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EU Sanctions Target 21 Ukrainian, Russian Officials

Travel bans, asset freezes imposed after Crimean referendum endorsed joining the Russian Federation.
By Gil Ronen
First Publish: 3/17/2014, 3:28 PM

Armed men believed to be Russians, in Crimea
Armed men believed to be Russians, in Crimea
Reuters

"European Union foreign ministers have agreed to impose sanctions including travel bans and asset freezes on 21 offiicals from Russia and Ukraine linked to the unrest in Ukraine, Lithuania's foreign minister said on Monday. He added that more measures would follow in a few days, when EU leaders meet for a summit in Brussels.

Sunday's referendum in Crimea, which called for joining the Russian Federation, has been followed by steps within Crimea to split from Ukraine and join the Russian Federation. The U.S. and its European allies made countermoves, toward imposition of economic and other sanctions on Russia and those Crimeans who have spearheaded the region's breakaway attempt.

Crimean officials say more than 95 percent of those who voted in Sunday's referendum endorsed the idea of joining the Russian Federation. However, NPR reported that "many pro-Ukranian Crimeans boycotted the referendum, saying the ballot gave them no option to vote to maintain the status quo of Crimea as part of Ukraine."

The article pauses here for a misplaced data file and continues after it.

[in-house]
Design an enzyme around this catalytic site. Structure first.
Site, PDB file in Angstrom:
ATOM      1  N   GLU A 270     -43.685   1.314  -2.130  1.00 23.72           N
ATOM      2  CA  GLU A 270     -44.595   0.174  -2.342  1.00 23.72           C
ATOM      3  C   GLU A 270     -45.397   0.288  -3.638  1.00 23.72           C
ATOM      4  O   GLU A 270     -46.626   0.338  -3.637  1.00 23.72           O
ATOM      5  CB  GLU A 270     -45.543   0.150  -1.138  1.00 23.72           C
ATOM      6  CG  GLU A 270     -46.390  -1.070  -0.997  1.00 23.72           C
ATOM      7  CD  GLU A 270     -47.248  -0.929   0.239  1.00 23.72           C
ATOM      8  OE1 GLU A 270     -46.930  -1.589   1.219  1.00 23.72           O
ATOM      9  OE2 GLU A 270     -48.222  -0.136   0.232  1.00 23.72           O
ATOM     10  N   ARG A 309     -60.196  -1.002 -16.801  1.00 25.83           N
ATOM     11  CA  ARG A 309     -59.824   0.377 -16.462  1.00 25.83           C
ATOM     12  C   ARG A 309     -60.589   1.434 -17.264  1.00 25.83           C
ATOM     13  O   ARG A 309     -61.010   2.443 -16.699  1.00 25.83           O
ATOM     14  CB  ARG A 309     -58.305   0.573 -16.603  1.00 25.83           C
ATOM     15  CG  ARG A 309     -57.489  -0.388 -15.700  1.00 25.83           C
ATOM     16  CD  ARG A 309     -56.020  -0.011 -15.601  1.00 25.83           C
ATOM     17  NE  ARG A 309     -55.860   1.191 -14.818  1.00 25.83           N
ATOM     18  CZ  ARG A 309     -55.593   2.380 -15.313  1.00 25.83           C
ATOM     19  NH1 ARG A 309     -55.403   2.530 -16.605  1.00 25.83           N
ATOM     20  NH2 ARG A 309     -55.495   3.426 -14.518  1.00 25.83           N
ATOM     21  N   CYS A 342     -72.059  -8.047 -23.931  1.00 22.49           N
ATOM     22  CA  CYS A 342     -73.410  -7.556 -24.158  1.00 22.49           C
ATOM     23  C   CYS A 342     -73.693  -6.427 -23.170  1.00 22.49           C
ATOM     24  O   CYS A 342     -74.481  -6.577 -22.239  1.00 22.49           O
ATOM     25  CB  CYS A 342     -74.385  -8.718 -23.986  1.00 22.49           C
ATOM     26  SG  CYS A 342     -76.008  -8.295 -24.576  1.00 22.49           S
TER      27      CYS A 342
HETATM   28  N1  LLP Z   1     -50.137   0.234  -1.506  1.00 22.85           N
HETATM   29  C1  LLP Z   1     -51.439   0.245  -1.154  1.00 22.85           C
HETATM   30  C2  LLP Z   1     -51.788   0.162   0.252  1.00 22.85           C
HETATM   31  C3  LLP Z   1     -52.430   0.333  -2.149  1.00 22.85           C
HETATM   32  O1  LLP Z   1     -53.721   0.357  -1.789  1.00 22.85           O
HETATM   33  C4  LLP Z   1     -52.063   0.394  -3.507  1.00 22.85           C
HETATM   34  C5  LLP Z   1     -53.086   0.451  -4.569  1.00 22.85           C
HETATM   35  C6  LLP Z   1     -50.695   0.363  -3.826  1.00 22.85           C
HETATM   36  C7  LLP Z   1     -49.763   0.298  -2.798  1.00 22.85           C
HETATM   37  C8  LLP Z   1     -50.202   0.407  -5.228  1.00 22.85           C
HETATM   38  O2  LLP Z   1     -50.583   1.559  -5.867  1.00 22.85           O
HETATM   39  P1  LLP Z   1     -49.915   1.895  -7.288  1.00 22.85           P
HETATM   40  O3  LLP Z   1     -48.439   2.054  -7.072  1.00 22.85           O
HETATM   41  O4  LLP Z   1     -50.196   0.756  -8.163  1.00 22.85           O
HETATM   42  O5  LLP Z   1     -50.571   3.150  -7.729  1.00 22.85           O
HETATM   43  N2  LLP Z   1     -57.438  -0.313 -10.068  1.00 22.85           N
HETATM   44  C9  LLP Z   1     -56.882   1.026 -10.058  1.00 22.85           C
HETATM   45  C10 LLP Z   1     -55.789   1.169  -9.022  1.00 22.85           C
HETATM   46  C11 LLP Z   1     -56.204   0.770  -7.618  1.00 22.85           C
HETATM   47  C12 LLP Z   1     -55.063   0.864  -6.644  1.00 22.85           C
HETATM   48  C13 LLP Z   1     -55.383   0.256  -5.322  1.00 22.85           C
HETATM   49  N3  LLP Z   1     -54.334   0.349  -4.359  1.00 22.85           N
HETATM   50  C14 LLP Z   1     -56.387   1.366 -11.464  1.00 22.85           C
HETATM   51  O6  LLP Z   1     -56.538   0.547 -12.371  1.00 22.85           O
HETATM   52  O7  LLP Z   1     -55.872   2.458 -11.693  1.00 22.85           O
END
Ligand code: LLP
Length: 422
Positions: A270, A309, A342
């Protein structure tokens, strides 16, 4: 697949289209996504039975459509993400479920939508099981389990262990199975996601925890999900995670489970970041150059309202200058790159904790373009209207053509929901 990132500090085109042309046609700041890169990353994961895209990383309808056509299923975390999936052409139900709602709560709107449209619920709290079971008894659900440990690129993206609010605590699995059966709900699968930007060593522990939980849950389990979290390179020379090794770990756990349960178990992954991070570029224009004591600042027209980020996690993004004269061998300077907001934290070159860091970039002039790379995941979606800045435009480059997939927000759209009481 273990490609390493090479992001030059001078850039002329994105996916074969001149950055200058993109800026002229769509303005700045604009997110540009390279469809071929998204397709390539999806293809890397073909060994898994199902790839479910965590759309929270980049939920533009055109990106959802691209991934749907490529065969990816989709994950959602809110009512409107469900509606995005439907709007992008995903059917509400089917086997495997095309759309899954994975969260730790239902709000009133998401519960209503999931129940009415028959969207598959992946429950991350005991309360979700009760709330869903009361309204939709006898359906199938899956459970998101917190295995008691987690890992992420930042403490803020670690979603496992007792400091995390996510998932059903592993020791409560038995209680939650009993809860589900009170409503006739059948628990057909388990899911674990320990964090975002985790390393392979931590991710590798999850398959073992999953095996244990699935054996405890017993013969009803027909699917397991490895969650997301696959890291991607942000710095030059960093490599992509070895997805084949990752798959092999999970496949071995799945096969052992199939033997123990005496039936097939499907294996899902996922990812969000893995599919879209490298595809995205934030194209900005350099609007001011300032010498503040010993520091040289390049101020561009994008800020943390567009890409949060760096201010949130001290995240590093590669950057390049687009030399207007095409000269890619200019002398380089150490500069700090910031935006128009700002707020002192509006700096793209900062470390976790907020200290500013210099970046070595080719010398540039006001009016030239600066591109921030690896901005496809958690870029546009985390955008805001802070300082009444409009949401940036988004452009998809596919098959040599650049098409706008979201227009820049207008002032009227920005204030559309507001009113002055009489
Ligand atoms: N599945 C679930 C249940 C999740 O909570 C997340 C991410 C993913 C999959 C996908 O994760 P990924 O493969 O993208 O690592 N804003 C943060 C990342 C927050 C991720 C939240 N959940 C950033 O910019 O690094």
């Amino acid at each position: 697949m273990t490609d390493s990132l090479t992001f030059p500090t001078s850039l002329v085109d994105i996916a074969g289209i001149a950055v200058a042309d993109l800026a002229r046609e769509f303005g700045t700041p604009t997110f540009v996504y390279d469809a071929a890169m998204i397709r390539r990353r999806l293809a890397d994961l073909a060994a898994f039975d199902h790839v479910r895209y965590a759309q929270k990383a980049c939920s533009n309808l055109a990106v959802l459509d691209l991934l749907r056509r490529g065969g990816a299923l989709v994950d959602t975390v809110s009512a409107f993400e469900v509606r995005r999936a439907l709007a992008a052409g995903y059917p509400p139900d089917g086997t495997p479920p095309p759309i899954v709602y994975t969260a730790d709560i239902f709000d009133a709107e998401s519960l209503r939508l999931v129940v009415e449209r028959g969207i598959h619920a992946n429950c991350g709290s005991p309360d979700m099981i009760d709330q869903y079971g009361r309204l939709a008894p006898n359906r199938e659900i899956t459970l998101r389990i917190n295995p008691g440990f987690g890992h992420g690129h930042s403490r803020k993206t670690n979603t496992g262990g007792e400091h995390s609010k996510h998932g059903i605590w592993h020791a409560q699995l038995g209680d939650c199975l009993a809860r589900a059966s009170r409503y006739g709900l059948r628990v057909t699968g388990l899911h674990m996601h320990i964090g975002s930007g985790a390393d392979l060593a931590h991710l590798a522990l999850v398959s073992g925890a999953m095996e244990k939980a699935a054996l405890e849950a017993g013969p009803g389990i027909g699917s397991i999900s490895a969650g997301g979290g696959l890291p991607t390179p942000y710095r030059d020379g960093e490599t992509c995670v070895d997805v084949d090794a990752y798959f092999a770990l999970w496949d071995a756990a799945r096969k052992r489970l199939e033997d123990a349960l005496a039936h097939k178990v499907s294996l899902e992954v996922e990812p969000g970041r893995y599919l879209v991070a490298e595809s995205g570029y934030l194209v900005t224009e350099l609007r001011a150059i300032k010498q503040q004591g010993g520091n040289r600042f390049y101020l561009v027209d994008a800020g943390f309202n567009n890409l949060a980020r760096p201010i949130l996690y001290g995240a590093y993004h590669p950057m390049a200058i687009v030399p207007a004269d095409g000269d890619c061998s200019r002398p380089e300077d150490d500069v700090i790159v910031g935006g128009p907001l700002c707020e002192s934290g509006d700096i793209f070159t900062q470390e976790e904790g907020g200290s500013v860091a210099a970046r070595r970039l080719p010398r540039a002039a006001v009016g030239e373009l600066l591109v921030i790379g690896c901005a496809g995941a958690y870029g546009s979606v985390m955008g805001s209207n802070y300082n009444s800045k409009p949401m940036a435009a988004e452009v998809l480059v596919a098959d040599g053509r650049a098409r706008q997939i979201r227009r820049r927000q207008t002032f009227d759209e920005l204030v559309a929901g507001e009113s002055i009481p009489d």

He also reports that "activists complained of irregularities — including voting by children and some people voting multiple times. Also, Russian biker gangs and armed self-defense units patrolled polling stations."

NPR also reported that the interim government in Kiev there has rejected the vote, saying it is illegal under their nation's constitution.

President Obama and many Western leaders say Russia has illegally interfered in Ukraine by sending troops into the Crimean region following last month's ouster of Ukraine's pro-Russian president, Viktor Yanukovych. Obama reportedly told Russian President Vladimir Putin again on Sunday that the U.S. will never recognize Sunday's vote.

For his part, Putin says he is moving to protect the ethnic Russians in Crimea, which is semi-autonomous, from reprisals by Ukrainian nationalists. However, there has been little, if any, evidence of any such moves by Ukrainians.

Meanwhile, steps toward Crimea's split from Ukraine continue. Monday, the BBC reports, Crimea's parliament "formally declared independence from Ukraine and asked to join the Russian Federation."

And from Moscow, Russia's Interfax news agency reports that "the independence of Crimea will be recognized by Russia in an inter-state agreement, State Duma Chairman Sergei Naryshkin said." The parliament leader added that Russia will act "swiftly and responsibly" and that he sees no problem with the Crimean officials' request to become part of the federation.